Medication-assisted treatment (MAT) combines behavioral therapy and medications to treat substance use disorders. 1 Medications that can be used in MAT which are approved by the U.S. Food and Drug Administration (FDA) include buprenorphine, methadone, and naltrexone. 2
While both are synthetic opiates, unlike its counterpart, methadone, which must be administered in a highly structured clinic, buprenorphine (Bunavail, Suboxone, Zubslov) is the first medication to treat opioid dependency that is permitted to be prescribed or dispensed in a qualified physician’s office. Both methadone and buprenorphine reduce the effects of physical dependency to opioids, such as withdrawal symptoms and cravings. Buprenorphine is an opioid partial agonists, which means that, like opioids, it produces euphoric effects as well as respiratory depression, hallmarks of opioids. The effects, however, with buprenorphine are weaker than drugs like heroin and methadone. Buprenorphine does have a “ceiling effect,” which is said to reduce the risk of misuse; however, the potential still exists. 1
Naltrexone (Vivitrol, ReVia, Depade) blocks the euphoric and sedative effects of opiate drugs, suppressing cravings. Naltrexone is said to have no misuse potential and prevents the feeling of getting high. 1
According to 2013 Medicare data, there are 130 buprenorphine prescribers in Tennessee: there were 11 methadone clinics. In the same year, there were 141,073 claims filed to Medicare in Tennessee for buprenorphine prescriptions, the overwhelming favorite; 31,288 filed for methadone; and 887 filed for naltrexone. 3
In a clinical setting, MAT can be a powerful aid in overcoming addiction, but are all patients receiving the quality counseling and behavioral therapy the Substance Abuse and Mental Health Services Administration claims is essential to the combination therapy?
In 2015, President Obama called for an increase in access to MAT by doubling the number of physicians certified to prescribe buprenorphine. In Tennessee, however, we are seeing what could be construed as a negative association with MAT.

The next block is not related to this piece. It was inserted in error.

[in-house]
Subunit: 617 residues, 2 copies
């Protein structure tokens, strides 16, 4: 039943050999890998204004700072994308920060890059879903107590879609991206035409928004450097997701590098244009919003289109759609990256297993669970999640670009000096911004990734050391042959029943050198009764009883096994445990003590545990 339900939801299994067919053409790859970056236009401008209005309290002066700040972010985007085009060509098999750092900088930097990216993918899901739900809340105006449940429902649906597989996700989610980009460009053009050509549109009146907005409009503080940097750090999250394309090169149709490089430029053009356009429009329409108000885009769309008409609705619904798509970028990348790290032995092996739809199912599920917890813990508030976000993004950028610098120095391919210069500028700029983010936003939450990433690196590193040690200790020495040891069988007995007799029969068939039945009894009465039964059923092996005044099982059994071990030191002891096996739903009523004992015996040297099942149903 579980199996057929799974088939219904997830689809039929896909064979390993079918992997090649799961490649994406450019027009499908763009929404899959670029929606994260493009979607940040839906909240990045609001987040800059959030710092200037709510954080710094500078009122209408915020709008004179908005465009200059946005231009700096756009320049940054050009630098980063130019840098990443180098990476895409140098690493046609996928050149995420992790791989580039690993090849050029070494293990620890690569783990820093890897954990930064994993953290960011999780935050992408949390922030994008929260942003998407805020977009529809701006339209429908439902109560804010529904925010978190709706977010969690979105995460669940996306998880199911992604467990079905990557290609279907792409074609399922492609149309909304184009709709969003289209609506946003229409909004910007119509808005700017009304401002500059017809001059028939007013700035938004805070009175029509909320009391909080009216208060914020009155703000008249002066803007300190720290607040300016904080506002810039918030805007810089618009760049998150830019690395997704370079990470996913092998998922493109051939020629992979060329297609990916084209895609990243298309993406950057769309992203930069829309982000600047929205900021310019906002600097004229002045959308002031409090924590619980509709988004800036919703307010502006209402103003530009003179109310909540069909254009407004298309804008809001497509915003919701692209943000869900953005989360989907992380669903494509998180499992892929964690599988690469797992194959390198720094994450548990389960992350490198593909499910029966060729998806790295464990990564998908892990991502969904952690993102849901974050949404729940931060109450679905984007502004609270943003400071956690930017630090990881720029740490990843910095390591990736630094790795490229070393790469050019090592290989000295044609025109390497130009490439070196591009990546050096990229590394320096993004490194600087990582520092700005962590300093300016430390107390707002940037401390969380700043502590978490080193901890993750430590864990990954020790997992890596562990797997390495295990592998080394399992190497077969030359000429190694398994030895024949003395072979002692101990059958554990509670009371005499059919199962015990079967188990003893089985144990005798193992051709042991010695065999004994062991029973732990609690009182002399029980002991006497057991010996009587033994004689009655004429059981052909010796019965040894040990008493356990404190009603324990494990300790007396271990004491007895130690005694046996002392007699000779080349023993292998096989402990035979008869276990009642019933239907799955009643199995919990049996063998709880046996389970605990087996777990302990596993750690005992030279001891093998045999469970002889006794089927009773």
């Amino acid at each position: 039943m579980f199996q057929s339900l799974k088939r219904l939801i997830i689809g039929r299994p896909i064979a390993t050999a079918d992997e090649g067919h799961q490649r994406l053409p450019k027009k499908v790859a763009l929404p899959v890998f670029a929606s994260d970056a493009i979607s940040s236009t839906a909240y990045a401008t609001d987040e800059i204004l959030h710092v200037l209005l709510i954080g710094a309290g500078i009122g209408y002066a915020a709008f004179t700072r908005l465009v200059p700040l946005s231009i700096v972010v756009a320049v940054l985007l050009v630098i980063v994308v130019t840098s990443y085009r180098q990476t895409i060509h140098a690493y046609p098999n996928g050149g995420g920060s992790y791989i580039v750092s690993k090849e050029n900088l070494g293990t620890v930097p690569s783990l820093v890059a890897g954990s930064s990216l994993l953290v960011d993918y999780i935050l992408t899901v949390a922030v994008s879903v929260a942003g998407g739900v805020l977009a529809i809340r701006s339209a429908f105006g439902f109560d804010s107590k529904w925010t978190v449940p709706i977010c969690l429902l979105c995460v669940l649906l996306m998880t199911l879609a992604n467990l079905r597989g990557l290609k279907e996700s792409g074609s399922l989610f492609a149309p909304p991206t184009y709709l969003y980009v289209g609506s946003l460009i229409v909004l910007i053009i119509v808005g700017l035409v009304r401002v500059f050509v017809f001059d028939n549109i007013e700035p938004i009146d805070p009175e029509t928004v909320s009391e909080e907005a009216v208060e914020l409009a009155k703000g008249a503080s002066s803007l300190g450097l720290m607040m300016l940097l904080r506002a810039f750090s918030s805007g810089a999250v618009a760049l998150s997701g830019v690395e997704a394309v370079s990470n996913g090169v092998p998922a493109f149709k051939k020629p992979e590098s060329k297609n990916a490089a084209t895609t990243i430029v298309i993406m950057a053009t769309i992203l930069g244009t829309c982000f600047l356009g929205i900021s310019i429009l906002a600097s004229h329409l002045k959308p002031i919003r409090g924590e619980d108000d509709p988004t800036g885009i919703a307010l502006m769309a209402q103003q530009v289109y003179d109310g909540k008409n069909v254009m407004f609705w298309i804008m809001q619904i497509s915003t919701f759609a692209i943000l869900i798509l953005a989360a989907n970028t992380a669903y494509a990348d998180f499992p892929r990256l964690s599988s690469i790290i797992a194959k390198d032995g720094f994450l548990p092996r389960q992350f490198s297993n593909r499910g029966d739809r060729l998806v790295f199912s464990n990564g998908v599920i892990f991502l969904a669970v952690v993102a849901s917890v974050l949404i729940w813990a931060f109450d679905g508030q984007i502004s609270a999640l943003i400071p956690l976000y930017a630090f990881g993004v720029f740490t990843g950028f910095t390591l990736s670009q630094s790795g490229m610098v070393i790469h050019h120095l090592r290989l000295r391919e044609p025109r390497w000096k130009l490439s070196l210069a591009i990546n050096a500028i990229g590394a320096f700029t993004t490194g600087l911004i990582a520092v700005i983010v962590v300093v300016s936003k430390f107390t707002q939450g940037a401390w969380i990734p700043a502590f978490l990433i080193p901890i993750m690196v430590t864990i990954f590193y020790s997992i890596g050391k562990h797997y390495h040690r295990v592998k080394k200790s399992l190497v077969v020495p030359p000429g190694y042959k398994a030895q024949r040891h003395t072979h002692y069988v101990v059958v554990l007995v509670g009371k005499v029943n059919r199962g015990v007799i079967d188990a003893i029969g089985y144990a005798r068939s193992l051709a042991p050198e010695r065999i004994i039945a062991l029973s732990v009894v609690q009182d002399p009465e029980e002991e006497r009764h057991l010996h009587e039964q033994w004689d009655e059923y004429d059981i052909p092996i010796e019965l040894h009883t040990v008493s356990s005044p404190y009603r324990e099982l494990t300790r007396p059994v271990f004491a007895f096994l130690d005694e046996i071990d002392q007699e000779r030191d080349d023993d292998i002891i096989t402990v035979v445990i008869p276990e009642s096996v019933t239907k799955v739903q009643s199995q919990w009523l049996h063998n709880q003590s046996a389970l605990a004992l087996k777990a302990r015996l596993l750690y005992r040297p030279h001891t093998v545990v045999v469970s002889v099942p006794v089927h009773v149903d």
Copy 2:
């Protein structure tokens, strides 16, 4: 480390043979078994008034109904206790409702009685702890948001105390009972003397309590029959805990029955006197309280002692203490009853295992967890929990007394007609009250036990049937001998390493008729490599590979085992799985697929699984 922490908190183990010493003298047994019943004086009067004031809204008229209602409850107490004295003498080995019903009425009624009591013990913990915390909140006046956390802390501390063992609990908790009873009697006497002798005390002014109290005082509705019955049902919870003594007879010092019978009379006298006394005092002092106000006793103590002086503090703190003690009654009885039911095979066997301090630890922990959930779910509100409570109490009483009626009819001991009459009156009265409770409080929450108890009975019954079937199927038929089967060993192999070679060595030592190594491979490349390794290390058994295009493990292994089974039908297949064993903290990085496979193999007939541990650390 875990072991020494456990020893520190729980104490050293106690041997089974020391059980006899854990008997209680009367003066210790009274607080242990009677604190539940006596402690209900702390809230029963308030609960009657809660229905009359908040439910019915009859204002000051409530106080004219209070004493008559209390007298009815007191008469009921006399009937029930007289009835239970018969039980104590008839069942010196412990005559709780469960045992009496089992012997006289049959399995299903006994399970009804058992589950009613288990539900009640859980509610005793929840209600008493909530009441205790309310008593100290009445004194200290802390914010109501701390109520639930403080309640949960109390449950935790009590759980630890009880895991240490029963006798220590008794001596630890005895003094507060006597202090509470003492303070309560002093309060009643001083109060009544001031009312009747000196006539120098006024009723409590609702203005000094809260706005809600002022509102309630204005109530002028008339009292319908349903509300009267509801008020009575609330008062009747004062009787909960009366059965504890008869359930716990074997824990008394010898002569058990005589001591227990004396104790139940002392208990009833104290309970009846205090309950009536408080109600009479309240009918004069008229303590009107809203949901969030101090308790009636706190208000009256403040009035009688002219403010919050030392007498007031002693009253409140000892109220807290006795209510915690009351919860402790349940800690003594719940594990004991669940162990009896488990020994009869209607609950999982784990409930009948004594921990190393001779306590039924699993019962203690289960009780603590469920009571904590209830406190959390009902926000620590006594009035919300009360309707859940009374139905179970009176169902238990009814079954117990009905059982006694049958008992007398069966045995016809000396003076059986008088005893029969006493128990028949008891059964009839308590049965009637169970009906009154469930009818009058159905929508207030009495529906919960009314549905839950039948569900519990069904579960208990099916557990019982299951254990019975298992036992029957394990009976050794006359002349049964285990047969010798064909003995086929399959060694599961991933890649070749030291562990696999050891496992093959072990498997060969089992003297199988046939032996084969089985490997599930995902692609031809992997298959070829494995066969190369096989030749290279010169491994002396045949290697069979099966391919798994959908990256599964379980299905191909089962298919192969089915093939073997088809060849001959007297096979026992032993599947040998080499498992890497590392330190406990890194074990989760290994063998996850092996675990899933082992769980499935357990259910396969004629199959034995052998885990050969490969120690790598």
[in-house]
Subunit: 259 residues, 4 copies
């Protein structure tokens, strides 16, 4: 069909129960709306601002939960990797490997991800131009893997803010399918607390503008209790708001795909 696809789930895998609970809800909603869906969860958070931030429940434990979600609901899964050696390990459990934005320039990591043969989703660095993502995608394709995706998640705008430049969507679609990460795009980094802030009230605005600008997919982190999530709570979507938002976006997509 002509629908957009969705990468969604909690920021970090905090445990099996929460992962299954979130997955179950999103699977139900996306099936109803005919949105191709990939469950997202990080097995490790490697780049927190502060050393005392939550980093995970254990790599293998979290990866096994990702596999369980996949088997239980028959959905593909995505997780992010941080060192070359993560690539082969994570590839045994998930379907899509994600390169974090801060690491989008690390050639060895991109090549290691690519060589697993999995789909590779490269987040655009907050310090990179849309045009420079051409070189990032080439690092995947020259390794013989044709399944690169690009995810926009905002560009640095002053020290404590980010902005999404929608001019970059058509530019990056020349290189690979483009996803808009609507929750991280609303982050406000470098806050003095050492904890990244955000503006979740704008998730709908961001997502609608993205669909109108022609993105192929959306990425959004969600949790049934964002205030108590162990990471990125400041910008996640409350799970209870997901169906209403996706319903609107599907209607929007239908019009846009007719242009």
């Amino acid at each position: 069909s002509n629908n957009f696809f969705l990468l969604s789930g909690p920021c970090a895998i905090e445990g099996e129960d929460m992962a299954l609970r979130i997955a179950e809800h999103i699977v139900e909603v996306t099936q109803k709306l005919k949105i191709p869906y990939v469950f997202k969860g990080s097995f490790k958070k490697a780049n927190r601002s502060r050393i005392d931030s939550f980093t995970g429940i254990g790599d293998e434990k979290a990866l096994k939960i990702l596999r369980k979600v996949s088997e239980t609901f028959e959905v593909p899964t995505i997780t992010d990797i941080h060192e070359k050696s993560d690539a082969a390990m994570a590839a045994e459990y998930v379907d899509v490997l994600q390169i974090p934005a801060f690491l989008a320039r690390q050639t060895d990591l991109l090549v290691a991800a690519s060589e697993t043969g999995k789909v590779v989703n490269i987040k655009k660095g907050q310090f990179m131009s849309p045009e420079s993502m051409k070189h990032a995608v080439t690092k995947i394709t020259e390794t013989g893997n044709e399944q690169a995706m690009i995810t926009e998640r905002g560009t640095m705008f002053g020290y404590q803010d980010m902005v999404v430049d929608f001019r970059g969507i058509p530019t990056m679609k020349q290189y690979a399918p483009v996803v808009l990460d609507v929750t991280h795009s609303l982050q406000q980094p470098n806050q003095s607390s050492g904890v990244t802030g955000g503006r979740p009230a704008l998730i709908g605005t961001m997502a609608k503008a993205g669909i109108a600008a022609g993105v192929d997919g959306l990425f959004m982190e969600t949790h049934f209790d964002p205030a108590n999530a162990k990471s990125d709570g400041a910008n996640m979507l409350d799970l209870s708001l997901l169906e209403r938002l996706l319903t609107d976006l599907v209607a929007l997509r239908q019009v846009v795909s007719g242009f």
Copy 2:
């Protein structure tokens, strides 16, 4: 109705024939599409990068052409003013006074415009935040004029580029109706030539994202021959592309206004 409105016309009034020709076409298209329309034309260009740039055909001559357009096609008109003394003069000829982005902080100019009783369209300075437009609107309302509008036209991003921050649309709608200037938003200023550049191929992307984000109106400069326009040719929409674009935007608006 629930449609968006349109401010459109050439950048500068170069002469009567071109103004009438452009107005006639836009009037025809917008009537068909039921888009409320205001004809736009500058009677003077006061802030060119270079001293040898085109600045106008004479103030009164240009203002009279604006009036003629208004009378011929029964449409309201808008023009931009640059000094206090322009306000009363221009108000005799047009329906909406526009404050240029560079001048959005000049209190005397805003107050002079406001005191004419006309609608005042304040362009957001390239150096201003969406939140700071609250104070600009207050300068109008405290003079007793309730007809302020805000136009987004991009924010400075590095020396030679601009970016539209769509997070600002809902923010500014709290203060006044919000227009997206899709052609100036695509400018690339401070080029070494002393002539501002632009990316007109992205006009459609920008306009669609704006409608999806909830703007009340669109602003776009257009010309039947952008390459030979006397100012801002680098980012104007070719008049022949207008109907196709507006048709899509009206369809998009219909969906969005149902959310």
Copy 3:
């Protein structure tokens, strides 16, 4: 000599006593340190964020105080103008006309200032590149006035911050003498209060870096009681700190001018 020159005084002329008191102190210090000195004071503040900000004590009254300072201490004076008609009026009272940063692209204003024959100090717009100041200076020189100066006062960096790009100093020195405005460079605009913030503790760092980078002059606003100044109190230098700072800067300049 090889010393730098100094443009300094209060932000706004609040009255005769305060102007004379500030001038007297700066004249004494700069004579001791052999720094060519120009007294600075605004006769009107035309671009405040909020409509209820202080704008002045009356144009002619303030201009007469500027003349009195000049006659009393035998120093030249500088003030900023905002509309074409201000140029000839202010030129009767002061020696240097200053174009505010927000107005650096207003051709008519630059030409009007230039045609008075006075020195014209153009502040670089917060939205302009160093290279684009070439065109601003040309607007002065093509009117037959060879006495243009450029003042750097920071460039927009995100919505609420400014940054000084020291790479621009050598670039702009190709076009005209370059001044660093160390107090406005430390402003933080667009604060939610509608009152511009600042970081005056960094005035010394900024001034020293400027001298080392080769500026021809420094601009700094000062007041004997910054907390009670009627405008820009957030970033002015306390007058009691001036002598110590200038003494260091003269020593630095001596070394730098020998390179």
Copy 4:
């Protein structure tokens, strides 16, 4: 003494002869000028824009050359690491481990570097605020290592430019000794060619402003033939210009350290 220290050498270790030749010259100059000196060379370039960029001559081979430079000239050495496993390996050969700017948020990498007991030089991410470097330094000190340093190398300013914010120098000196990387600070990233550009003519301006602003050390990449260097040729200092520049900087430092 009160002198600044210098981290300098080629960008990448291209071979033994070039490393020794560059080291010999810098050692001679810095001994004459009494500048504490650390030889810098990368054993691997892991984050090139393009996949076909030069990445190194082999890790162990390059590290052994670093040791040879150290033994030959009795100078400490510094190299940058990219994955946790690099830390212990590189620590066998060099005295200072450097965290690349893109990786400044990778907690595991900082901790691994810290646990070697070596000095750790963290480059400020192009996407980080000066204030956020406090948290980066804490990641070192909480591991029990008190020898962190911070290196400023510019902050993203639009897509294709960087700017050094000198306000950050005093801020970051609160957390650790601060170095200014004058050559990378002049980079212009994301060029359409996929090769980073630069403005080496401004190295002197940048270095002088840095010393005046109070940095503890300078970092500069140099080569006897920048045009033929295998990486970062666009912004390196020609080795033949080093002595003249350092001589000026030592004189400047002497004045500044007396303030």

In 2014, the Tennessee General Assembly passed what is commonly referred to as the Fetal Assault Law (TCA §§ 39-13-107 & 39-13-214). Under this statute, a woman can be prosecuted for the illegal use of a narcotic/opiate while pregnant, if her child is born dependent on the narcotic/opiate drug. The bill allows women to be charged with aggravated assault if their child has complications classified as Neonatal Abstinence Syndrome, or drug withdrawal as a result of the mother’s narcotic/opiate use during pregnancy. 4 The bill was set to be heard on March 8 in the House Civil Justice Subcommittee, but was deferred to the week following. The bill is still pending.
The law makes it an affirmative defense that the woman actively enrolled in a long-term addiction recovery program before the child was born, remained in the program until after delivery, and successfully completed the program.
While this law had the best interest of the baby at its core, we now see a shift in maternal substance of misuse from prescription narcotics/opiates to medication-assisted treatment. While they remain highly touted and promoted, MAT therapies, including buprenorphine and methadone, still induce NAS, causing withdrawal among exposed newborns.
The purpose of this law was to reduce the number of babies born and subsequently diagnosed with Neonatal Abstinence Syndrome (NAS); however, between 2013 (before the law was passed) to the end of last year, we still witnessed a 15% increase in total NAS diagnoses (from 855 in 2013 to 986 in 2015). Strikingly, the shift to MAT increased from 46.4% of all diagnoses to 61.5%. By increasing access to MAT and offering it as a “long-term addiction recovery program,” we have not reduced NAS diagnoses; rather, we have shifted maternal substance of misuse. 5
While there is seemingly no clear answer, one must consider the risks and benefits of medication-assisted treatment, especially during times of pregnancy.